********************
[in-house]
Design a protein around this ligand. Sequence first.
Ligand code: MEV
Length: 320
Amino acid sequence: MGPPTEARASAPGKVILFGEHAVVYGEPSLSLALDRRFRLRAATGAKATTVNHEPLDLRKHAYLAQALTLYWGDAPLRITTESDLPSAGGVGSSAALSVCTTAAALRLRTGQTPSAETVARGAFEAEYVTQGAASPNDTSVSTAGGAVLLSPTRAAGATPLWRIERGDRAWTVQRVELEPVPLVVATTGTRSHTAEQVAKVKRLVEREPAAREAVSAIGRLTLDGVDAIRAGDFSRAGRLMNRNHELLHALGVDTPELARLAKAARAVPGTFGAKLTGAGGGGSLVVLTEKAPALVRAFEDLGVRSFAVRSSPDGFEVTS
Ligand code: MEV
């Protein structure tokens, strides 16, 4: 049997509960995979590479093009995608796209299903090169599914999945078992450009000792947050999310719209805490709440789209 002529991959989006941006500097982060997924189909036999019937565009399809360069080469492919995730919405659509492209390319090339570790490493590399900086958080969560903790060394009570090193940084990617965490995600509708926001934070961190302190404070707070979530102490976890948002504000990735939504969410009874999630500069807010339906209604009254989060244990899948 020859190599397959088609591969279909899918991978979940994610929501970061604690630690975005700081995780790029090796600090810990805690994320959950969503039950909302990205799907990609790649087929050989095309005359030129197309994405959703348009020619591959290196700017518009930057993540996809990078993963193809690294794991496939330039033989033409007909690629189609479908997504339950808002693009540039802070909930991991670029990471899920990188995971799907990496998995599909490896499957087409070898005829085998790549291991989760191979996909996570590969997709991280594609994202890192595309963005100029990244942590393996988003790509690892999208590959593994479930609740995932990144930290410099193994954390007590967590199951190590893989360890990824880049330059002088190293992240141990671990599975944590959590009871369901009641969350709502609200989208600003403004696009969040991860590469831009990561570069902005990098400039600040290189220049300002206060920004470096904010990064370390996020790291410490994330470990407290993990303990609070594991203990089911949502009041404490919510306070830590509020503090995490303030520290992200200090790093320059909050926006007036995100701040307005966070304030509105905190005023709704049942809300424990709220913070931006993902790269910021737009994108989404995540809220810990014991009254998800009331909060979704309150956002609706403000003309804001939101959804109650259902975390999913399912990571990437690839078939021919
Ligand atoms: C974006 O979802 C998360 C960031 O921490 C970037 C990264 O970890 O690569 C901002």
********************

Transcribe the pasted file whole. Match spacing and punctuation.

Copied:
[in-house]
Design a protein around this ligand. Sequence first.
Ligand code: MEV
Length: 320
Amino acid sequence: MGPPTEARASAPGKVILFGEHAVVYGEPSLSLALDRRFRLRAATGAKATTVNHEPLDLRKHAYLAQALTLYWGDAPLRITTESDLPSAGGVGSSAALSVCTTAAALRLRTGQTPSAETVARGAFEAEYVTQGAASPNDTSVSTAGGAVLLSPTRAAGATPLWRIERGDRAWTVQRVELEPVPLVVATTGTRSHTAEQVAKVKRLVEREPAAREAVSAIGRLTLDGVDAIRAGDFSRAGRLMNRNHELLHALGVDTPELARLAKAARAVPGTFGAKLTGAGGGGSLVVLTEKAPALVRAFEDLGVRSFAVRSSPDGFEVTS
Ligand code: MEV
């Protein structure tokens, strides 16, 4: 049997509960995979590479093009995608796209299903090169599914999945078992450009000792947050999310719209805490709440789209 002529991959989006941006500097982060997924189909036999019937565009399809360069080469492919995730919405659509492209390319090339570790490493590399900086958080969560903790060394009570090193940084990617965490995600509708926001934070961190302190404070707070979530102490976890948002504000990735939504969410009874999630500069807010339906209604009254989060244990899948 020859190599397959088609591969279909899918991978979940994610929501970061604690630690975005700081995780790029090796600090810990805690994320959950969503039950909302990205799907990609790649087929050989095309005359030129197309994405959703348009020619591959290196700017518009930057993540996809990078993963193809690294794991496939330039033989033409007909690629189609479908997504339950808002693009540039802070909930991991670029990471899920990188995971799907990496998995599909490896499957087409070898005829085998790549291991989760191979996909996570590969997709991280594609994202890192595309963005100029990244942590393996988003790509690892999208590959593994479930609740995932990144930290410099193994954390007590967590199951190590893989360890990824880049330059002088190293992240141990671990599975944590959590009871369901009641969350709502609200989208600003403004696009969040991860590469831009990561570069902005990098400039600040290189220049300002206060920004470096904010990064370390996020790291410490994330470990407290993990303990609070594991203990089911949502009041404490919510306070830590509020503090995490303030520290992200200090790093320059909050926006007036995100701040307005966070304030509105905190005023709704049942809300424990709220913070931006993902790269910021737009994108989404995540809220810990014991009254998800009331909060979704309150956002609706403000003309804001939101959804109650259902975390999913399912990571990437690839078939021919
Ligand atoms: C974006 O979802 C998360 C960031 O921490 C970037 C990264 O970890 O690569 C901002």